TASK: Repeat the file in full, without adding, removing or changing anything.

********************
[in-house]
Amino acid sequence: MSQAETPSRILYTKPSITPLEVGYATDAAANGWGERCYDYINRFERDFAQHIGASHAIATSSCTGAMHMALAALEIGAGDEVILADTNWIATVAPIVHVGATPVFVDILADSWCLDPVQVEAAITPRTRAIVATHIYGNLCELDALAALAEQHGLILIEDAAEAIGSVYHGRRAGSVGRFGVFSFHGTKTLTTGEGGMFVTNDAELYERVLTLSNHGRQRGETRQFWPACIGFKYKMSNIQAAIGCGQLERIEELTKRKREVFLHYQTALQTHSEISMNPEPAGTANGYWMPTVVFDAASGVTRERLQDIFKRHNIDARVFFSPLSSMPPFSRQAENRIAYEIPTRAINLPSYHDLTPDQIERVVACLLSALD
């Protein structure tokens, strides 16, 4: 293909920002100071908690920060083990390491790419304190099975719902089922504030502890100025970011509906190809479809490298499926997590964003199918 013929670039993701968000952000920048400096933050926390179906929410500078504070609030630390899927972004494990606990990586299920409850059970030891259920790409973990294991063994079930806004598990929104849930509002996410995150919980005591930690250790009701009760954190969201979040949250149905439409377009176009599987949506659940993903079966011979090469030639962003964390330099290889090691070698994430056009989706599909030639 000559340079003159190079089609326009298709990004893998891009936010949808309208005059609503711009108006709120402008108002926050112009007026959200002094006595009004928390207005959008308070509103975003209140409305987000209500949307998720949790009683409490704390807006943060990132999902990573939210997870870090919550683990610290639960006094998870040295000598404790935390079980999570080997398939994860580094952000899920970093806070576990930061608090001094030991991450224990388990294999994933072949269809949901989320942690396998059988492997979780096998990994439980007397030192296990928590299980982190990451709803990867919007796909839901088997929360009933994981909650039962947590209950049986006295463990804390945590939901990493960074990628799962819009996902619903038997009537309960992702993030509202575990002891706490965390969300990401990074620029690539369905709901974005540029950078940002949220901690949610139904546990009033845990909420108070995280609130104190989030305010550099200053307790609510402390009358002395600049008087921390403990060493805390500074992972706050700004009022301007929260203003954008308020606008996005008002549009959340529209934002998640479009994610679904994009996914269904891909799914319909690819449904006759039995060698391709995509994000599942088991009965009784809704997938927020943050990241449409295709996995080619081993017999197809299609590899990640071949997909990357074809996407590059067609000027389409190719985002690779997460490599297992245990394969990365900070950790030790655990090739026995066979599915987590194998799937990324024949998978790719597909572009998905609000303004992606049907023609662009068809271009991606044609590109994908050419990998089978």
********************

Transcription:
[in-house]
Amino acid sequence: MSQAETPSRILYTKPSITPLEVGYATDAAANGWGERCYDYINRFERDFAQHIGASHAIATSSCTGAMHMALAALEIGAGDEVILADTNWIATVAPIVHVGATPVFVDILADSWCLDPVQVEAAITPRTRAIVATHIYGNLCELDALAALAEQHGLILIEDAAEAIGSVYHGRRAGSVGRFGVFSFHGTKTLTTGEGGMFVTNDAELYERVLTLSNHGRQRGETRQFWPACIGFKYKMSNIQAAIGCGQLERIEELTKRKREVFLHYQTALQTHSEISMNPEPAGTANGYWMPTVVFDAASGVTRERLQDIFKRHNIDARVFFSPLSSMPPFSRQAENRIAYEIPTRAINLPSYHDLTPDQIERVVACLLSALD
């Protein structure tokens, strides 16, 4: 293909920002100071908690920060083990390491790419304190099975719902089922504030502890100025970011509906190809479809490298499926997590964003199918 013929670039993701968000952000920048400096933050926390179906929410500078504070609030630390899927972004494990606990990586299920409850059970030891259920790409973990294991063994079930806004598990929104849930509002996410995150919980005591930690250790009701009760954190969201979040949250149905439409377009176009599987949506659940993903079966011979090469030639962003964390330099290889090691070698994430056009989706599909030639 000559340079003159190079089609326009298709990004893998891009936010949808309208005059609503711009108006709120402008108002926050112009007026959200002094006595009004928390207005959008308070509103975003209140409305987000209500949307998720949790009683409490704390807006943060990132999902990573939210997870870090919550683990610290639960006094998870040295000598404790935390079980999570080997398939994860580094952000899920970093806070576990930061608090001094030991991450224990388990294999994933072949269809949901989320942690396998059988492997979780096998990994439980007397030192296990928590299980982190990451709803990867919007796909839901088997929360009933994981909650039962947590209950049986006295463990804390945590939901990493960074990628799962819009996902619903038997009537309960992702993030509202575990002891706490965390969300990401990074620029690539369905709901974005540029950078940002949220901690949610139904546990009033845990909420108070995280609130104190989030305010550099200053307790609510402390009358002395600049008087921390403990060493805390500074992972706050700004009022301007929260203003954008308020606008996005008002549009959340529209934002998640479009994610679904994009996914269904891909799914319909690819449904006759039995060698391709995509994000599942088991009965009784809704997938927020943050990241449409295709996995080619081993017999197809299609590899990640071949997909990357074809996407590059067609000027389409190719985002690779997460490599297992245990394969990365900070950790030790655990090739026995066979599915987590194998799937990324024949998978790719597909572009998905609000303004992606049907023609662009068809271009991606044609590109994908050419990998089978």